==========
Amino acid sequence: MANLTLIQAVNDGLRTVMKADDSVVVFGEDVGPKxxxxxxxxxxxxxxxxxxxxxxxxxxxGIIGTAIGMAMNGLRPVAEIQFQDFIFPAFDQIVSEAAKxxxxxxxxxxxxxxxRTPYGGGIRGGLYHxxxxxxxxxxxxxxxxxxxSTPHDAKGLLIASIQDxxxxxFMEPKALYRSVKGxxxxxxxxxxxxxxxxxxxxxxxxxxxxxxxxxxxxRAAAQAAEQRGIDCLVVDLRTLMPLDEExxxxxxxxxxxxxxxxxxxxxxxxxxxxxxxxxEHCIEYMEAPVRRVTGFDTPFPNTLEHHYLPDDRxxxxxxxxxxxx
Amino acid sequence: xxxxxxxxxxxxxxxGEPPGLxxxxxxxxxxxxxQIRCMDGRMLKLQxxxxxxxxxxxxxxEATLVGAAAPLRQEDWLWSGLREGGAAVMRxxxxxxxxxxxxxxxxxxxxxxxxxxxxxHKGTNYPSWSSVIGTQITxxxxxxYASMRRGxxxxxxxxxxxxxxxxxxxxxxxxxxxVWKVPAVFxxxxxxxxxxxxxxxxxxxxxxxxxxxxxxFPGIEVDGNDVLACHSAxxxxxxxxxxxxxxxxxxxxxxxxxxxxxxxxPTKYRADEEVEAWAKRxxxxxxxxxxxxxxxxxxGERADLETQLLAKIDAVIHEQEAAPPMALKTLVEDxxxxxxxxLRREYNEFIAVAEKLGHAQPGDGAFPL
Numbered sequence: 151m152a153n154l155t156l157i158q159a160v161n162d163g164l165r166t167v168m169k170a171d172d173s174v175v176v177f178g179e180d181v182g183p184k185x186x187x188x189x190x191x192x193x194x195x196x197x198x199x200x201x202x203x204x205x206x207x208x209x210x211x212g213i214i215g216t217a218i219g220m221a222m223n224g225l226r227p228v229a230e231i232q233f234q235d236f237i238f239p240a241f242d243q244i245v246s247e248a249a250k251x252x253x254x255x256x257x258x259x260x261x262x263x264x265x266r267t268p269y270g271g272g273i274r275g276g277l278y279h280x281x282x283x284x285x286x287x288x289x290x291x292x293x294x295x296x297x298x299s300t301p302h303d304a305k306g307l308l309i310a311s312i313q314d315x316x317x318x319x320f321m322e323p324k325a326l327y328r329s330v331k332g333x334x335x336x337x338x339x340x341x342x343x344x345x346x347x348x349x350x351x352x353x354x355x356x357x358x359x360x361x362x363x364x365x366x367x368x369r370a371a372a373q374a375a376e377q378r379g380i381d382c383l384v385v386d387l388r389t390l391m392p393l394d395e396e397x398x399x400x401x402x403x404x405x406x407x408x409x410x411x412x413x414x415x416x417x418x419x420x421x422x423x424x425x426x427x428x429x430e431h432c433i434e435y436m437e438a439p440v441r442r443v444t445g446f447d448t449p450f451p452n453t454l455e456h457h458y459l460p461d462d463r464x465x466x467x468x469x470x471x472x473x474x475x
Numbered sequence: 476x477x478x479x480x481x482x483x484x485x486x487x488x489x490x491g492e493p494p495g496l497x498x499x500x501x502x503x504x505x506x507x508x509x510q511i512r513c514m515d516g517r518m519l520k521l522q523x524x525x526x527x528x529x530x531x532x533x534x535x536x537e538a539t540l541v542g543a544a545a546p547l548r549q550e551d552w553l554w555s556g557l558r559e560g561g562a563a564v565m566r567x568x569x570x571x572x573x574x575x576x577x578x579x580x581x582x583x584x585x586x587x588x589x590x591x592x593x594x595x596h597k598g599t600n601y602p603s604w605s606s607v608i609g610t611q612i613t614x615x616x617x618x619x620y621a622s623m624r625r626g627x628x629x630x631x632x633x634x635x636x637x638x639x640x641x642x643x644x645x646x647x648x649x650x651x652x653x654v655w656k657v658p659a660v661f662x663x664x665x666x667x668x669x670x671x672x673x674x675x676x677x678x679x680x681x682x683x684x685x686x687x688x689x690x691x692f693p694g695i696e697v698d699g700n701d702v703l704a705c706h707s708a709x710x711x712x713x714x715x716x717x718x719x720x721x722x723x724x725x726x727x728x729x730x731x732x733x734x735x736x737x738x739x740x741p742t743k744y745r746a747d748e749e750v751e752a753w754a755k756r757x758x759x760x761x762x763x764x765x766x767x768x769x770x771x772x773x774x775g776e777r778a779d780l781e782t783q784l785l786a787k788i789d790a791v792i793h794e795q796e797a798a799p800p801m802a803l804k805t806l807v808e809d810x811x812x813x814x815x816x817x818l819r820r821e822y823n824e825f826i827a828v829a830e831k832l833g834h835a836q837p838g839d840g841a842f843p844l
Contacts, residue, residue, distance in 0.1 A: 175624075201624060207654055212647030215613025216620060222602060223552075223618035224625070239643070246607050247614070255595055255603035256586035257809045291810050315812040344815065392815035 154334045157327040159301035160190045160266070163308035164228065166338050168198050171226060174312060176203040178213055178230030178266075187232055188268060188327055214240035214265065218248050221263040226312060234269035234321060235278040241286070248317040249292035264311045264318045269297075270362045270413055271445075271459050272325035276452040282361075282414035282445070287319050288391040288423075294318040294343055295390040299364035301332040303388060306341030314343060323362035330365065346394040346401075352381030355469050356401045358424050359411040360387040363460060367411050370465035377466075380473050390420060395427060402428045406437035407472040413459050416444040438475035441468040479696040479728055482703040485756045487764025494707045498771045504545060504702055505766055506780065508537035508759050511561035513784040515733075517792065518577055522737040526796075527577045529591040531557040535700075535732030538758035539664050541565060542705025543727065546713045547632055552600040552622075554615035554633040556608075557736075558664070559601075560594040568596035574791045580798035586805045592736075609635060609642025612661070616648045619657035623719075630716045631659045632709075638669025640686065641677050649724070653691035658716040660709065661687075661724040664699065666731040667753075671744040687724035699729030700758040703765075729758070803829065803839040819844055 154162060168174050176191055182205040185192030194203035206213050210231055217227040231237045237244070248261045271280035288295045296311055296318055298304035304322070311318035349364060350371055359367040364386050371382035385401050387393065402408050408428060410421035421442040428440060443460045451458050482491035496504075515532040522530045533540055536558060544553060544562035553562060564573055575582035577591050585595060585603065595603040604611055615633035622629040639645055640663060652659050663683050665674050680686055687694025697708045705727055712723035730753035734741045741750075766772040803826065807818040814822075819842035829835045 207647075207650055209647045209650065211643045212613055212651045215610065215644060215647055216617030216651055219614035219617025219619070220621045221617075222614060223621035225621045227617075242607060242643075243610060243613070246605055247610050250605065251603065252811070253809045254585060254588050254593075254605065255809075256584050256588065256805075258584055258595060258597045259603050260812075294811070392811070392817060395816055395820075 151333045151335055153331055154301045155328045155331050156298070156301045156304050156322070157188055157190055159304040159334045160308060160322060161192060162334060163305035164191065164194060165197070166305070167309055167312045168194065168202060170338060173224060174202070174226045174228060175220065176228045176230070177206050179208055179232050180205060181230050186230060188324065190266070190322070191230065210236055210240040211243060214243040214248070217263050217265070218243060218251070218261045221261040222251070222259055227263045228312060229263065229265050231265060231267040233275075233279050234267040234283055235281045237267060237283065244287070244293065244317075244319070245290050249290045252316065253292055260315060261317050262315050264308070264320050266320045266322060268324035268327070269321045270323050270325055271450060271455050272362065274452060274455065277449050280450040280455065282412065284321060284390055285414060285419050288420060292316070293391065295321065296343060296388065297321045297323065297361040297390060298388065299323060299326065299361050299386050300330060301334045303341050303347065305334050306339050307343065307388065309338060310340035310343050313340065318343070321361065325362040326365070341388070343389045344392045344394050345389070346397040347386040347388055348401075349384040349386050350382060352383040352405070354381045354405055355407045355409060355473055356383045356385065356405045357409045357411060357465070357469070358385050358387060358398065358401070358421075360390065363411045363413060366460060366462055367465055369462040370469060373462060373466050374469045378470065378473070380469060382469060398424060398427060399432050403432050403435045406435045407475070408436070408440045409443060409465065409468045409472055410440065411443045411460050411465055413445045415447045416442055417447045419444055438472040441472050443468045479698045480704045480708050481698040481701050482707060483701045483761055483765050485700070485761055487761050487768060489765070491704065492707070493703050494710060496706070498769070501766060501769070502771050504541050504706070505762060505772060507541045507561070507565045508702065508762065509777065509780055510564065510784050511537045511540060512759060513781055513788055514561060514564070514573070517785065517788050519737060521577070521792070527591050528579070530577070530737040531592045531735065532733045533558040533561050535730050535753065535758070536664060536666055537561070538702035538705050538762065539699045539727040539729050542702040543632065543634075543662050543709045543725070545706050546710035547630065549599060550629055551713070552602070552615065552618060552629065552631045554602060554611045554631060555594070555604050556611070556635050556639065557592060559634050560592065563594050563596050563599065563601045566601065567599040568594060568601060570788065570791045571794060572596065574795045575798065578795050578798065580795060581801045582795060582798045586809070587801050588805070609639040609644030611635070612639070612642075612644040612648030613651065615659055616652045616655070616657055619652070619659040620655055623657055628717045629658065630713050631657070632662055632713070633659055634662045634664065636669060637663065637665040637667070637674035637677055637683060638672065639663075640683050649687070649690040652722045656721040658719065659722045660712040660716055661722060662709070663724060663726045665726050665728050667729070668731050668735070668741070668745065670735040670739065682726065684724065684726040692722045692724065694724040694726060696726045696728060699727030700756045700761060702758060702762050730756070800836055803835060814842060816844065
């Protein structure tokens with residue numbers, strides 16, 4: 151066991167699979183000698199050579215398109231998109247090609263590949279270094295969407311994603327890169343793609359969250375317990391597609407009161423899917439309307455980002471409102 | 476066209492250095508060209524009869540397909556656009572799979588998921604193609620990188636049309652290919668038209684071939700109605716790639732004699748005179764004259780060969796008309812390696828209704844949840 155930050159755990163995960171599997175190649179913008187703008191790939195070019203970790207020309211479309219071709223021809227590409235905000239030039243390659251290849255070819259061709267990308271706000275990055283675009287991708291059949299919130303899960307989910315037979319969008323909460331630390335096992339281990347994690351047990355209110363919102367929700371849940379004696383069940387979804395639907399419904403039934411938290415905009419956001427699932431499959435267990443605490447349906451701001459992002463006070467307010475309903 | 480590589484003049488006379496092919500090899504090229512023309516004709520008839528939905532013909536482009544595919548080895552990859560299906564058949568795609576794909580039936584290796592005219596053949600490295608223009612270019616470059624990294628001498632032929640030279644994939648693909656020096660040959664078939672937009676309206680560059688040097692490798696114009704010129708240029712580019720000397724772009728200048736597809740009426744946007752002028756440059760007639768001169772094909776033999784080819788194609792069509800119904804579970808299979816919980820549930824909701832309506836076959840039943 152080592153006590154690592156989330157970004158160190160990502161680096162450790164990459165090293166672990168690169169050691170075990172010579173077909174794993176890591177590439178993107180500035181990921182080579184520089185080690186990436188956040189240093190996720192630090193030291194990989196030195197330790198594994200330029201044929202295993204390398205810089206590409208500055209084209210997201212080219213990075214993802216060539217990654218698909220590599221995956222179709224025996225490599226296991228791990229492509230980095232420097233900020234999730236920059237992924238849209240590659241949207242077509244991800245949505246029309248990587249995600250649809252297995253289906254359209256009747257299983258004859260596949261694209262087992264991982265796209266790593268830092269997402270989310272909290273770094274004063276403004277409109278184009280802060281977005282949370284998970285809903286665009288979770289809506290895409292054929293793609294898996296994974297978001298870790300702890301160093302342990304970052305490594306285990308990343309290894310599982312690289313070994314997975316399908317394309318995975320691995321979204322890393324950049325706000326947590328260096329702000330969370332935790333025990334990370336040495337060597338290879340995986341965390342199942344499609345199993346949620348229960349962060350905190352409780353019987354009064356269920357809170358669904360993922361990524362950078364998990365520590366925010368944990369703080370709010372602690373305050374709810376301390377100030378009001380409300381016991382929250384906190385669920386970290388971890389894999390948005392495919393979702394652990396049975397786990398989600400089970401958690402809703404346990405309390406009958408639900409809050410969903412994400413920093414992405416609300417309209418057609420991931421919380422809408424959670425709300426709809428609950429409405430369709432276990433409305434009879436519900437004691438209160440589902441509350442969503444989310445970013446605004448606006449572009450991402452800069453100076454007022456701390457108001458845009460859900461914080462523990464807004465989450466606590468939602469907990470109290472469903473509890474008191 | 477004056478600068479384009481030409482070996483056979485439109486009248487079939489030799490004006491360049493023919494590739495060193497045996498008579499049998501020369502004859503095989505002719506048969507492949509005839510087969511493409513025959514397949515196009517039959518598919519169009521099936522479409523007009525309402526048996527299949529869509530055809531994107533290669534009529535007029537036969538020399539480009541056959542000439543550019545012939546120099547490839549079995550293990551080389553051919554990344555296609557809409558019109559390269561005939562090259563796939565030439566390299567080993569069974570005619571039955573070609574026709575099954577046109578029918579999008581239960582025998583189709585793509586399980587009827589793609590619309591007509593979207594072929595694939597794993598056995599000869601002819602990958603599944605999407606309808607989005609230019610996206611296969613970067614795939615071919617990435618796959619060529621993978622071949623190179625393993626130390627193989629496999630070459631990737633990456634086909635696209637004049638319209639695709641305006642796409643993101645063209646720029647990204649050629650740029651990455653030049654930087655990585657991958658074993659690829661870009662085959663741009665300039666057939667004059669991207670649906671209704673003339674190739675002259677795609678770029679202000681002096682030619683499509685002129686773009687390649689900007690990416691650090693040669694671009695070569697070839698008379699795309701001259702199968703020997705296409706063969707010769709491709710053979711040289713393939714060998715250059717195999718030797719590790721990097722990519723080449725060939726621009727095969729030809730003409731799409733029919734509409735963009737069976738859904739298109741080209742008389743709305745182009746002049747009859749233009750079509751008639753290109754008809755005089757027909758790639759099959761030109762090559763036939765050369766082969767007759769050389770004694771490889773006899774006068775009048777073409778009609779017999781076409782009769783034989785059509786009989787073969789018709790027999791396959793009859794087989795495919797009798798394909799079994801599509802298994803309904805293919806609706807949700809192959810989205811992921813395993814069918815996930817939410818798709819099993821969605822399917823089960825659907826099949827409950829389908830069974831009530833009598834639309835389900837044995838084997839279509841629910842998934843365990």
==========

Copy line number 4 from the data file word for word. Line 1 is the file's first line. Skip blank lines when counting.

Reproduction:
Numbered sequence: 476x477x478x479x480x481x482x483x484x485x486x487x488x489x490x491g492e493p494p495g496l497x498x499x500x501x502x503x504x505x506x507x508x509x510q511i512r513c514m515d516g517r518m519l520k521l522q523x524x525x526x527x528x529x530x531x532x533x534x535x536x537e538a539t540l541v542g543a544a545a546p547l548r549q550e551d552w553l554w555s556g557l558r559e560g561g562a563a564v565m566r567x568x569x570x571x572x573x574x575x576x577x578x579x580x581x582x583x584x585x586x587x588x589x590x591x592x593x594x595x596h597k598g599t600n601y602p603s604w605s606s607v608i609g610t611q612i613t614x615x616x617x618x619x620y621a622s623m624r625r626g627x628x629x630x631x632x633x634x635x636x637x638x639x640x641x642x643x644x645x646x647x648x649x650x651x652x653x654v655w656k657v658p659a660v661f662x663x664x665x666x667x668x669x670x671x672x673x674x675x676x677x678x679x680x681x682x683x684x685x686x687x688x689x690x691x692f693p694g695i696e697v698d699g700n701d702v703l704a705c706h707s708a709x710x711x712x713x714x715x716x717x718x719x720x721x722x723x724x725x726x727x728x729x730x731x732x733x734x735x736x737x738x739x740x741p742t743k744y745r746a747d748e749e750v751e752a753w754a755k756r757x758x759x760x761x762x763x764x765x766x767x768x769x770x771x772x773x774x775g776e777r778a779d780l781e782t783q784l785l786a787k788i789d790a791v792i793h794e795q796e797a798a799p800p801m802a803l804k805t806l807v808e809d810x811x812x813x814x815x816x817x818l819r820r821e822y823n824e825f826i827a828v829a830e831k832l833g834h835a836q837p838g839d840g841a842f843p844l